JalxP - 3 months ago 6x

Python Question

I'm currently going through the Euler Project. I've started using JavaScript and I've switched to Python yesterday, as I got stuck in a problem that seemed to complex to solve with Javascript but easily solved in Python, and so I've decided to start from the first problem again in python.

I'm at problem 5 which asks me to find the smallest positive number that is evenly divisible by all of the numbers from 1 to 20.

I know how to solve it with paper and pencil and I've already solved using programming, but in a search for optimising it I crossed this solution in the forum of the Euler Project.

It seems elegant and it is fairly fast, ridiculous fast compared to mine, as it takes about 2 seconds to solve the same problem for numbers 1 to 1000, where mine takes several minutes.

I've tried to understand it, but I'm still having difficulty to grasp what it really is doing. Here it is:

`i = 1`

for k in (range(1, 21)):

if i % k > 0:

for j in range(1, 21):

if (i*j) % k == 0:

i *= j

break

print i

It was originally posted by an user named

Answer

That code is computing the *least common multiple* of the numbers from `1`

to `20`

(or whichever other `range`

you use).

It starts from `1`

, then for each number `k`

in that range it checks if `k`

is a factor of `i`

, and if not (i.e. when `i % k > 0`

) it adds that number as a factor.

However doing `i *= k`

does not produce the **least** common multiple, because for example when you have `i = 2`

and `k = 6`

it's enough to multiply `i`

by `3`

to have `i % 6 == 0`

, so the inner loop finds the least number `j`

such that `i*j`

has `k`

as a factor.

In the end every number `k`

in the range is such that `i % k == 0`

and we always added the minimal factors in order to do so, thus we computed the *least* common multiple.

Maybe showing exactly how the values change can help understanding the process:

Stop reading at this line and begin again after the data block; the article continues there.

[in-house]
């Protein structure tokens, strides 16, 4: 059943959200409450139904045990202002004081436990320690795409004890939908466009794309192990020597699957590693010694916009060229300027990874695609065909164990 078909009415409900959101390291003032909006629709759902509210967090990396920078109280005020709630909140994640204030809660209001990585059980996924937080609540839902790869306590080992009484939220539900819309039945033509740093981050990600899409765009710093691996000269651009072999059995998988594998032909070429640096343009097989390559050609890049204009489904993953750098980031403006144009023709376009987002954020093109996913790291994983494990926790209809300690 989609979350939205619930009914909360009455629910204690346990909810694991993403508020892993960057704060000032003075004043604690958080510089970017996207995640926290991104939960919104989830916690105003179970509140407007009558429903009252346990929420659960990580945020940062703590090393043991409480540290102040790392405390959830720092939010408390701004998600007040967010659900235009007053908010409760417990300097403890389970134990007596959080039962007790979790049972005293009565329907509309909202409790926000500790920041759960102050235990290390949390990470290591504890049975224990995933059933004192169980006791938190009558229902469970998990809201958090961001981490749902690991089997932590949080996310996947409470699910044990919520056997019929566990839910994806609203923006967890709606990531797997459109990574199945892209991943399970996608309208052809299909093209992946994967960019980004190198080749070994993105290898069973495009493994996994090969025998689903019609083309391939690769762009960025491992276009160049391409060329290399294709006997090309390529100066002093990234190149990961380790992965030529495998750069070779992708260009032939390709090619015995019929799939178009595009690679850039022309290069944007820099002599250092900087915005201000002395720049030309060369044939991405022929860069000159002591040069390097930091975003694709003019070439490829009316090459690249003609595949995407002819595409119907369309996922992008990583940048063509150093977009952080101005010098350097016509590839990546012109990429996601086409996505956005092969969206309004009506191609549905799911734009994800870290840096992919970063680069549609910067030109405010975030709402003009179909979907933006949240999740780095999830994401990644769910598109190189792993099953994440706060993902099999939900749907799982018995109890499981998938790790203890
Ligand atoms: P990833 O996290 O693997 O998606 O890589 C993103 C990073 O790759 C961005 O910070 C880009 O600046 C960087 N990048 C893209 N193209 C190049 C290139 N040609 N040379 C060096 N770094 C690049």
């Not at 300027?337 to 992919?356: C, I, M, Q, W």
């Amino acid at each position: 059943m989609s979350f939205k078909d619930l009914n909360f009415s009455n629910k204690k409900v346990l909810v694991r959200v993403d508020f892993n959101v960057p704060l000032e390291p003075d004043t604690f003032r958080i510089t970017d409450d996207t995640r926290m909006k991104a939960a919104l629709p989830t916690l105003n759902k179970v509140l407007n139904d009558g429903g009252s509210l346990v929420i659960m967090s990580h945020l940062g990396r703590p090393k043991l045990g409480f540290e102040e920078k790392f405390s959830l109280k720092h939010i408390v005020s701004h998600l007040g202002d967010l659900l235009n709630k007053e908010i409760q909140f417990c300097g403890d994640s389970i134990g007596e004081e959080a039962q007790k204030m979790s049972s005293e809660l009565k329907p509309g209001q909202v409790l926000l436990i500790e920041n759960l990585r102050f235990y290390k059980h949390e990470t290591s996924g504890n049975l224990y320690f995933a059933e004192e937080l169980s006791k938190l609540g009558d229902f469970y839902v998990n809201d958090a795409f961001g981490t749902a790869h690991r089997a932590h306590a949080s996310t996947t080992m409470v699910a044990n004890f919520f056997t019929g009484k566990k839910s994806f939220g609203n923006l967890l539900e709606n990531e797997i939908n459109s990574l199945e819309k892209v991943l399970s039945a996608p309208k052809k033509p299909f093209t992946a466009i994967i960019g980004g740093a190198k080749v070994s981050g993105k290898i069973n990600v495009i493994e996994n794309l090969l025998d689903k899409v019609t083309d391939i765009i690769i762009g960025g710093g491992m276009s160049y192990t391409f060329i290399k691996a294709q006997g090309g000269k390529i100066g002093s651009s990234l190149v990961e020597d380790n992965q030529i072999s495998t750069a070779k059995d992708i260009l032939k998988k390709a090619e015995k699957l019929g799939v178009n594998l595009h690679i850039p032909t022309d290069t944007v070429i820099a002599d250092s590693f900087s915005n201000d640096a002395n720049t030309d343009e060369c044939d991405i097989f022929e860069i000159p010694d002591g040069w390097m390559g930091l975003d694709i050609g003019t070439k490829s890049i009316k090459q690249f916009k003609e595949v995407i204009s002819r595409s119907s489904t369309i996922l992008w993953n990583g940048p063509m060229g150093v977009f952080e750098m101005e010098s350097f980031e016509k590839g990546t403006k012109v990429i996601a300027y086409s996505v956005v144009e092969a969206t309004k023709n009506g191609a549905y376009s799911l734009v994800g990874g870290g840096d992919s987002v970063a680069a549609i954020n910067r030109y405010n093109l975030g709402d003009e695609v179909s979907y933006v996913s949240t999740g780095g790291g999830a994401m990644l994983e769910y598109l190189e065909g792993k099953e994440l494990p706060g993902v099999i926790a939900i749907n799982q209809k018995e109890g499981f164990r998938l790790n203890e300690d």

```
i = 1
k = 1
i % k == 0 -> next loop
i = 1
k = 2
i % k == 1 > 0
j = 1
if (i*j) % k == 1 -> next inner loop
j = 2
if (i*j) % k == 0
i *= j
i = 2
k = 3
i % k == 2 > 0
j = 1
if (i*j) % k == 2 -> next inner loop
j = 2
if (i*j) % k == 4 % 3 == 1 -> next inner loop
j = 3
if (i*j) % k == 6 % 3 == 0
i *= j
i = 6
k = 4
i % k == 2 > 0
j = 1
if (i*j) % k == 6 % k == 2 -> next inner loop
j = 2
if (i*j) % k == 12 % k == 0
i *= j
i = 12
k = 5
i % k == 2 > 0
j = 1
if (i*j) % k == 12 % k == 2 -> next inner loop
j = 2
if (i*j) % k == 24 % k == 4 -> next inner loop
j = 3
if (i*j) % k == 36 % k == 1 -> next inner loop
j = 4
if (i*j) % k == 48 % k == 3 -> next inner loop
j = 5
if (i*j) % k == 60 %k == 0
i *= j
i = 60
...
```

You can immediately notice a few things:

- The
`range(1, 21)`

can be safely changed to`range(2, 21)`

since the`1`

s never do anything - Everytime
`k`

is a prime number the inner loop ends when`j=k`

and will end up in`i *= k`

. That's expected since when`k`

is a prime it has no factors and so there's no option for a smaller number`j`

that would make`i`

a multiple of`k`

. - In other casesthe number
`i`

is multiplied by a number`j < k`

so that all factors of`k`

are now in`i`

.

Source (Stackoverflow)

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